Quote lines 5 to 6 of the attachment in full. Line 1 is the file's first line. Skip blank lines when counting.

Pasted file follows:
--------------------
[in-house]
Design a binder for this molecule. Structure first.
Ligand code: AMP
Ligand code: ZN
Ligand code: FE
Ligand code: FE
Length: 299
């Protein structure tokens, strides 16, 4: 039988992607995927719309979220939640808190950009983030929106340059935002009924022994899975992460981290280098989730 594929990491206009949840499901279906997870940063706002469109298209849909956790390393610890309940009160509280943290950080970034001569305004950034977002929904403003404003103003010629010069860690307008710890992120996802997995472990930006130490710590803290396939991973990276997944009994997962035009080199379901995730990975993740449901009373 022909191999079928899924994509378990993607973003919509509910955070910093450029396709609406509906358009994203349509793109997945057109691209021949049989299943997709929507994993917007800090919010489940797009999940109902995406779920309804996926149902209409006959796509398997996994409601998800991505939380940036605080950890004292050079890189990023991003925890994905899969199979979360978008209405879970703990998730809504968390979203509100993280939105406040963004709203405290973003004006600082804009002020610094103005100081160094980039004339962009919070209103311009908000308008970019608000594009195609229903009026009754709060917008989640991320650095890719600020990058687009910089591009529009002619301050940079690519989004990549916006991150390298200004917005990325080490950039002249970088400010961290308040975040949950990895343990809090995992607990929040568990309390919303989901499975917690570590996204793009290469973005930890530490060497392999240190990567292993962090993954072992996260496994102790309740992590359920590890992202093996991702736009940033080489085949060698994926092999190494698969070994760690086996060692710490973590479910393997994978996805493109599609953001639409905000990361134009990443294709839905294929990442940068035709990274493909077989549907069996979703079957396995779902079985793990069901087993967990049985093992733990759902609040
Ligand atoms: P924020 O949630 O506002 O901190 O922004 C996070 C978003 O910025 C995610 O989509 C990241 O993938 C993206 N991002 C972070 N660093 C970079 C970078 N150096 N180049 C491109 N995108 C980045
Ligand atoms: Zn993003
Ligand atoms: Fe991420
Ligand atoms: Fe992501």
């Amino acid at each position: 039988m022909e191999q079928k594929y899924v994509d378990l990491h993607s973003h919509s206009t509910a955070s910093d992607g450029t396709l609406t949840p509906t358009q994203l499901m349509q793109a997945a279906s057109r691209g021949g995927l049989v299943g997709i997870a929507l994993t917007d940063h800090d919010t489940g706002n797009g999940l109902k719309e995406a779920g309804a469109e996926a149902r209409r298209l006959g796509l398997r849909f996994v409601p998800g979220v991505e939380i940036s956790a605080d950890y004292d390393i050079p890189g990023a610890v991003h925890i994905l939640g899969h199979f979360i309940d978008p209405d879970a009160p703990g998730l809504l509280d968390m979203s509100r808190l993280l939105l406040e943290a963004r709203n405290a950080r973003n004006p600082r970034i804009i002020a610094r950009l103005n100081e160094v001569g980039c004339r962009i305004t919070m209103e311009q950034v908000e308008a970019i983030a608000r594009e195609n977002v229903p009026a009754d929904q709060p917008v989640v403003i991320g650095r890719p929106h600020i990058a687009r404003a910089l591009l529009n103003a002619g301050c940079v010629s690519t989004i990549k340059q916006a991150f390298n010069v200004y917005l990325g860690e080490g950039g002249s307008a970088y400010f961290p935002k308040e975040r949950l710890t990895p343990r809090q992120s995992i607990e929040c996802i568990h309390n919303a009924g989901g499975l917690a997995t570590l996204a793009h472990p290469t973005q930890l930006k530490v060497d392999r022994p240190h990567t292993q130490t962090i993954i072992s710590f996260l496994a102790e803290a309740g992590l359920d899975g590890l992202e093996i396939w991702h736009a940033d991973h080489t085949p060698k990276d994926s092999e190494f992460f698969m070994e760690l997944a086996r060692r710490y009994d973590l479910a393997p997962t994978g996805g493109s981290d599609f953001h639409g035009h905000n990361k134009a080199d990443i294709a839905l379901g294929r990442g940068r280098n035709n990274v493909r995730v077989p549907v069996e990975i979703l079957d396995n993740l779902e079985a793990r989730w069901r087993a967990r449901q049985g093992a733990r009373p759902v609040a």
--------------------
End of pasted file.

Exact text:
Ligand code: FE
Ligand code: FE